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CSE Colloquium: Yan Gu
February 26, 2019 @ 11:00 am - 12:00 pm UTC-5
Presenter: Yan Gu, Postdoc, Carnegie Mellon University
Date: Tuesday, February 26
Location: HBL Video Theater 2, Room 2119
Efficient Algorithms for Modern and Future Architecture
In today’s data-driven world with rapidly increasing data sizes, performance has become more important than ever before. Many new hardware technologies have been designed to store, process, and discover knowledge from ever-growing large-scale data, bringing up new architectural concerns in designing efficient algorithms. However, the simplicity in algorithms and the ease in programming should not be sacrificed for improving performance. In this talk, I will introduce my research on designing algorithms adaptive to modern and future architecture, with simplicity and high performance.
In the first part of this talk, I will focus on the shared-memory parallel setting. I will discuss some general techniques yielding simple parallel algorithms that are efficient both in theory and in practice. The second part of this talk will focus on future platforms for non-volatile main memories (NVMs) that have the special property that writes are more expensive than reads. This property proposes the need for write-efficient algorithms that uses writes significantly fewer than classic approaches. In this talk, I will show how this challenge can be theoretically modeled, and the new algorithms that have good theoretical guarantees as well as better experimental performance. Finally, I will conclude the talk by sketching the future image of computing and directions for algorithm design to accommodate such trends.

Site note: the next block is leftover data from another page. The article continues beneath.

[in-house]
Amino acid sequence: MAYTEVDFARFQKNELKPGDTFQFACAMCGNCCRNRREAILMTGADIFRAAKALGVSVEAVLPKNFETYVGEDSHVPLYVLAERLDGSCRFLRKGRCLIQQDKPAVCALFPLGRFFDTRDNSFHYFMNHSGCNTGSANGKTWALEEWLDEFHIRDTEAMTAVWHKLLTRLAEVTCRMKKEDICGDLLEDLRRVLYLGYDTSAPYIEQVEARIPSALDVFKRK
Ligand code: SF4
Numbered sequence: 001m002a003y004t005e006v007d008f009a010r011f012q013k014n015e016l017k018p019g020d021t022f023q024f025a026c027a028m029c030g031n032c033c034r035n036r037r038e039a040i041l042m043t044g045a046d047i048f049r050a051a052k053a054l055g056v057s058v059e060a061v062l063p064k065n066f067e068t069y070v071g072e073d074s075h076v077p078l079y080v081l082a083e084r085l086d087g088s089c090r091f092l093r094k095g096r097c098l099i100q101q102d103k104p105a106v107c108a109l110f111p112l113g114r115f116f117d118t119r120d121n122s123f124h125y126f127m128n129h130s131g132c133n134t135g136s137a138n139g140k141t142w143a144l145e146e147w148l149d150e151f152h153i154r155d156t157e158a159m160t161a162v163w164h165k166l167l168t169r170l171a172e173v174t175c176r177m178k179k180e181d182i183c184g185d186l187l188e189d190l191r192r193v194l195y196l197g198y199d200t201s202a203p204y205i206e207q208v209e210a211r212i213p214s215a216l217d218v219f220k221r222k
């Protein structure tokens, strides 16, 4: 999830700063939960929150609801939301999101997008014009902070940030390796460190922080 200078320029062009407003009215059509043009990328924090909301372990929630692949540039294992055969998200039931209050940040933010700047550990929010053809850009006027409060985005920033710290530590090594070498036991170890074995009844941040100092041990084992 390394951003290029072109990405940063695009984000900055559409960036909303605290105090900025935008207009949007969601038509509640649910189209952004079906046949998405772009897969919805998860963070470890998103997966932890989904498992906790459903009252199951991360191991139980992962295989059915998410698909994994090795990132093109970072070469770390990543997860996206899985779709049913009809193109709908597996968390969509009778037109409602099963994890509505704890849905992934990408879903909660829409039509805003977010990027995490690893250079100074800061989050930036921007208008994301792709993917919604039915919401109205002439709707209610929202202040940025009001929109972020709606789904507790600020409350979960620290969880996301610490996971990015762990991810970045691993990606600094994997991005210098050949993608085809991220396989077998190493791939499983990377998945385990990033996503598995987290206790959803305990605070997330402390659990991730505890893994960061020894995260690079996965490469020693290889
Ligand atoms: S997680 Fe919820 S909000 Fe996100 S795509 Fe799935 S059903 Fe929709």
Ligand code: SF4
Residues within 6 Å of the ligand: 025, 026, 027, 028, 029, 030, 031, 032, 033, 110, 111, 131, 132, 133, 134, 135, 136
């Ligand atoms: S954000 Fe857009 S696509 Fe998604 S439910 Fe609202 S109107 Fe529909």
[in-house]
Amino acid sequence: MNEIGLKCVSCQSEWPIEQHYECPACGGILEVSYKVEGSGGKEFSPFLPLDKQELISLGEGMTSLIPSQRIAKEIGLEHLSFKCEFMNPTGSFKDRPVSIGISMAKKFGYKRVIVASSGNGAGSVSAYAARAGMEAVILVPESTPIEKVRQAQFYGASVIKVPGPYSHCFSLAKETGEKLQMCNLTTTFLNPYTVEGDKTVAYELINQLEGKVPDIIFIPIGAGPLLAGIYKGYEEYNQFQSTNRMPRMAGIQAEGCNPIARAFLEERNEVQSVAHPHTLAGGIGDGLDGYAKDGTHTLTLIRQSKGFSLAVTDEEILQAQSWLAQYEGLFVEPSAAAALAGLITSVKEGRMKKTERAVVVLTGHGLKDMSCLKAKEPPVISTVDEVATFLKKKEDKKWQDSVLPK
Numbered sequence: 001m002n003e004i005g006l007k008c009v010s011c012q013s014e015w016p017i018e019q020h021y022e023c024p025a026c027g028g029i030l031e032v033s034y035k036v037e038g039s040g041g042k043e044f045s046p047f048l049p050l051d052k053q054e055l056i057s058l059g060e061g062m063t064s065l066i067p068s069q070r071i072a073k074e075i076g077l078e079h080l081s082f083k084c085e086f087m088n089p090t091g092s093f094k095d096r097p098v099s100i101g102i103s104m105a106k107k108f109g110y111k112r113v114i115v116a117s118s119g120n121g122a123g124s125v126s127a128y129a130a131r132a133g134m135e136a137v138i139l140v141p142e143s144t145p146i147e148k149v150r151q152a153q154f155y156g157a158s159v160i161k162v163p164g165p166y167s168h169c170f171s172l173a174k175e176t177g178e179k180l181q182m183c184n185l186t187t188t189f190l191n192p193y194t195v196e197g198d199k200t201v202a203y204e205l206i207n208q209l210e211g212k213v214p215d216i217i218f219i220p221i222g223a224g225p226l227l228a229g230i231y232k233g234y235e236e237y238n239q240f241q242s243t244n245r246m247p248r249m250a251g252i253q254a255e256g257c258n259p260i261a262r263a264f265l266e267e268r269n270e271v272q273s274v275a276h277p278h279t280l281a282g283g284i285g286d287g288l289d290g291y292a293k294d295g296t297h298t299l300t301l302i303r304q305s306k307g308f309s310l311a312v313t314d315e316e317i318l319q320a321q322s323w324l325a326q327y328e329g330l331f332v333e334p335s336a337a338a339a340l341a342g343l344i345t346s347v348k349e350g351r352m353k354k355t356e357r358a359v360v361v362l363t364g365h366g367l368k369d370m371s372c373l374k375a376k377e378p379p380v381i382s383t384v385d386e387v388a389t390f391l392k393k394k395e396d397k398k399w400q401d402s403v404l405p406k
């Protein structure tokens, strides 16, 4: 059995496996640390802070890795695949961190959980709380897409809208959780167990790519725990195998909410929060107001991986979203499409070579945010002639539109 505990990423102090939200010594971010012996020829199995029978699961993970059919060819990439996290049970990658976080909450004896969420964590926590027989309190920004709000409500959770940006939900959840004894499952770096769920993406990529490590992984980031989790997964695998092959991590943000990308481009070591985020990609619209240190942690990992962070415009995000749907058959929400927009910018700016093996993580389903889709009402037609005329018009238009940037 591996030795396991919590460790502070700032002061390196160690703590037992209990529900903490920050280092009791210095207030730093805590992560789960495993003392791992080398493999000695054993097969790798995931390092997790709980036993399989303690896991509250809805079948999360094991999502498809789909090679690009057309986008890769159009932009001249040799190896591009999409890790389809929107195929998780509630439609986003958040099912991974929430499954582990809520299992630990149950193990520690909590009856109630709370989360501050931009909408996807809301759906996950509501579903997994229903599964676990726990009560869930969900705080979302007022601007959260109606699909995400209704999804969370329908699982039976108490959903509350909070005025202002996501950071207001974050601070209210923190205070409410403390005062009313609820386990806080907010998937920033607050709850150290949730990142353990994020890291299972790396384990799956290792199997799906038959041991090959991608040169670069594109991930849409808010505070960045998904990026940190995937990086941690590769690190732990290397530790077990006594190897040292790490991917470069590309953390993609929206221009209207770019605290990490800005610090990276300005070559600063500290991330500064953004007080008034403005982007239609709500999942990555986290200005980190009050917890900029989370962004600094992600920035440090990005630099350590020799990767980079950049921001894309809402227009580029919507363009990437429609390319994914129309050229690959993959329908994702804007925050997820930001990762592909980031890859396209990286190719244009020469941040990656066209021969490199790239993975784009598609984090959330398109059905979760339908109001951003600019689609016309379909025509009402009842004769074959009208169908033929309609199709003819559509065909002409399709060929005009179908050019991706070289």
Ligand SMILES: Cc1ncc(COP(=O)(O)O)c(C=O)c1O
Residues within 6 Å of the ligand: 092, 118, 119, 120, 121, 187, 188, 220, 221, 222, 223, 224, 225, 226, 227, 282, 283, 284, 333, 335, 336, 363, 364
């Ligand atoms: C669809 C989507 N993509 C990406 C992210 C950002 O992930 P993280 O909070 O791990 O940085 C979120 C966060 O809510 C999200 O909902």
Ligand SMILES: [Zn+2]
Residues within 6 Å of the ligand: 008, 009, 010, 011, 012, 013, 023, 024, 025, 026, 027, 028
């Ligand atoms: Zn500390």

Yan Gu is a postdoctoral associate at MIT CSAIL. Prior to that, he received his PhD from Carnegie Mellon University in 2018 advised by Guy Blelloch, and Bachelor’s degree from Tsinghua University in 2012, both in the Computer Science Department. His research designs theoretically-efficient algorithms with good performance in practice, with an emphasis on parallelism and future non-volatile main memories.